To be fair, the name high fructose corn syrup is not entirely accurate since it leads people to think that there is a lot of fructose is the product. In reality HFCS is 55% fructose and 45% glucose. Thus there is slightly more fructose, however not as much as the name would imply.
That being said, corn sugar is not necessarily more accurate either. This name implies that this sugar is derived directly from corn. In actuality the sugar in corn is modified through a chemical process that yields the fructose-glucose solution in the proportions listed above. Usually if corn sugar was broken down without this chemical modification you would have equal parts fructose and glucose.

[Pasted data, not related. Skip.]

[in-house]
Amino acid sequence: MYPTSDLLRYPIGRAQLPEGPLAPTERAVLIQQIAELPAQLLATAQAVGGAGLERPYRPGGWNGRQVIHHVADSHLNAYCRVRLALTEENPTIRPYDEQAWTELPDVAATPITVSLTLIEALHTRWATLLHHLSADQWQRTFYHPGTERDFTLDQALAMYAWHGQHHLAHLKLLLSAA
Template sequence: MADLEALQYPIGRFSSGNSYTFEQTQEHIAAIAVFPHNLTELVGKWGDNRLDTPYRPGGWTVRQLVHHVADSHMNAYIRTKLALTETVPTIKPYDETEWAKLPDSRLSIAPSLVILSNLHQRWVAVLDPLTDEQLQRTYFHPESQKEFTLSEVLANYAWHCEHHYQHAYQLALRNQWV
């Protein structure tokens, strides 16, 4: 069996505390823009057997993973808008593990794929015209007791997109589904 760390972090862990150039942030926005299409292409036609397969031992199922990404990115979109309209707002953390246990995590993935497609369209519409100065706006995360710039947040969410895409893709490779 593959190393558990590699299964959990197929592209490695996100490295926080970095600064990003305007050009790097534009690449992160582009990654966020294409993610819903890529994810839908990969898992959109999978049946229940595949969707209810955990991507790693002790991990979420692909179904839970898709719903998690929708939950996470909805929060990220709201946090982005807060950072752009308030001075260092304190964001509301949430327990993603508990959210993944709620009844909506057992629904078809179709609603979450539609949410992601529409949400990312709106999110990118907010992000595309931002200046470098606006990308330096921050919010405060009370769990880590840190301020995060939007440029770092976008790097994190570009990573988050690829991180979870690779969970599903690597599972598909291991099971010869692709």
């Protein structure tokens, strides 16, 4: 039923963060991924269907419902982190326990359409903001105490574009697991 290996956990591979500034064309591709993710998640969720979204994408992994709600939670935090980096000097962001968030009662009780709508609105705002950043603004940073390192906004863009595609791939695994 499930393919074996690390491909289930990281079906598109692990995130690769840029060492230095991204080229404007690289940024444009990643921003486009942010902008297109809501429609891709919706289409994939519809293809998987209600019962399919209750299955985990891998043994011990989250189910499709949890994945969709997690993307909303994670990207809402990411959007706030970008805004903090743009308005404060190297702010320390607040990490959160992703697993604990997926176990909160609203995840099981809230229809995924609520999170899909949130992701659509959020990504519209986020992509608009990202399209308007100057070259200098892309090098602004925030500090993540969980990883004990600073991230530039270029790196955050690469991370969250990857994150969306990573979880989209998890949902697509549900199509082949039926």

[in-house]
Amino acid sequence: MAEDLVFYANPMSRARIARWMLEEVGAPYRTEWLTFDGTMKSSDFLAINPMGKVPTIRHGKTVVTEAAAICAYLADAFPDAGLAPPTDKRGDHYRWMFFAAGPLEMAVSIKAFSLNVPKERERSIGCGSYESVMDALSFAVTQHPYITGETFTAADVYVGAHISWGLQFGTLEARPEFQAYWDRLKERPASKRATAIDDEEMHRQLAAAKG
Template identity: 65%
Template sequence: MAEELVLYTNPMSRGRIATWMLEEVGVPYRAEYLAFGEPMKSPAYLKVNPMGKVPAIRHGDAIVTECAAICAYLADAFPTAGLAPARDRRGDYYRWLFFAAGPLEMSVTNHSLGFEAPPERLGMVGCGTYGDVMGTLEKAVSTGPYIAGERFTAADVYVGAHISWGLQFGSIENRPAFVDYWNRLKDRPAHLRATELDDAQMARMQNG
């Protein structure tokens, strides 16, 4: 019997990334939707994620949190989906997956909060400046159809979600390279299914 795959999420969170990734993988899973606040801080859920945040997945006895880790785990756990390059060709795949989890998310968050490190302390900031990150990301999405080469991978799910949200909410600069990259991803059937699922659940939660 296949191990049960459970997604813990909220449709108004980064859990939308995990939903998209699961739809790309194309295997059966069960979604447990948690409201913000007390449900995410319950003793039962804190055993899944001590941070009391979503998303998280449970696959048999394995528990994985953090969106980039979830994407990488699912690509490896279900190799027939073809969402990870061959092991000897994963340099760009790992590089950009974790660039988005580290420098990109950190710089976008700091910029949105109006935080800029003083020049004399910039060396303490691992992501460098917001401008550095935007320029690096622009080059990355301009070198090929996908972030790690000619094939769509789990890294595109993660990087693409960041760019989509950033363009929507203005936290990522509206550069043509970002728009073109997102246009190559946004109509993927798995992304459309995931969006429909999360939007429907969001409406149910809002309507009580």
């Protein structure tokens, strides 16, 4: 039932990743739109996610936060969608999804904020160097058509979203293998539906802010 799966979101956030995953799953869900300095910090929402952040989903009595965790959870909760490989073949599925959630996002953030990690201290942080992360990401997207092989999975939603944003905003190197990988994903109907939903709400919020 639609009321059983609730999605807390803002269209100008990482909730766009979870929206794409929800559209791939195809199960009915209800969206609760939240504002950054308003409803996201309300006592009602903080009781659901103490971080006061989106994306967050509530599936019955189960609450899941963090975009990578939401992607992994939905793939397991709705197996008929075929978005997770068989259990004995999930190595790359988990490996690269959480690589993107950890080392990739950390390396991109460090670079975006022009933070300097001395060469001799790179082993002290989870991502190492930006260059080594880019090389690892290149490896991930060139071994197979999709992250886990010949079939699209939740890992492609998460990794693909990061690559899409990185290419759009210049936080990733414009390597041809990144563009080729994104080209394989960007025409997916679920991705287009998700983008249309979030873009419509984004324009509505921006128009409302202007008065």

The FDA has six months to consider the name change. If it is approved, then it will take 12-18 months for this change to be implemented. If the change is allowed, there will be ample time for parents to add "corn sugar" to their list of ingredients to check.
In the meantime, watch out for all types of sugars in your kids diets. Americans consume way too much sugar as is, and this recent debate only illustrates what an integral part of our diet sugars have become.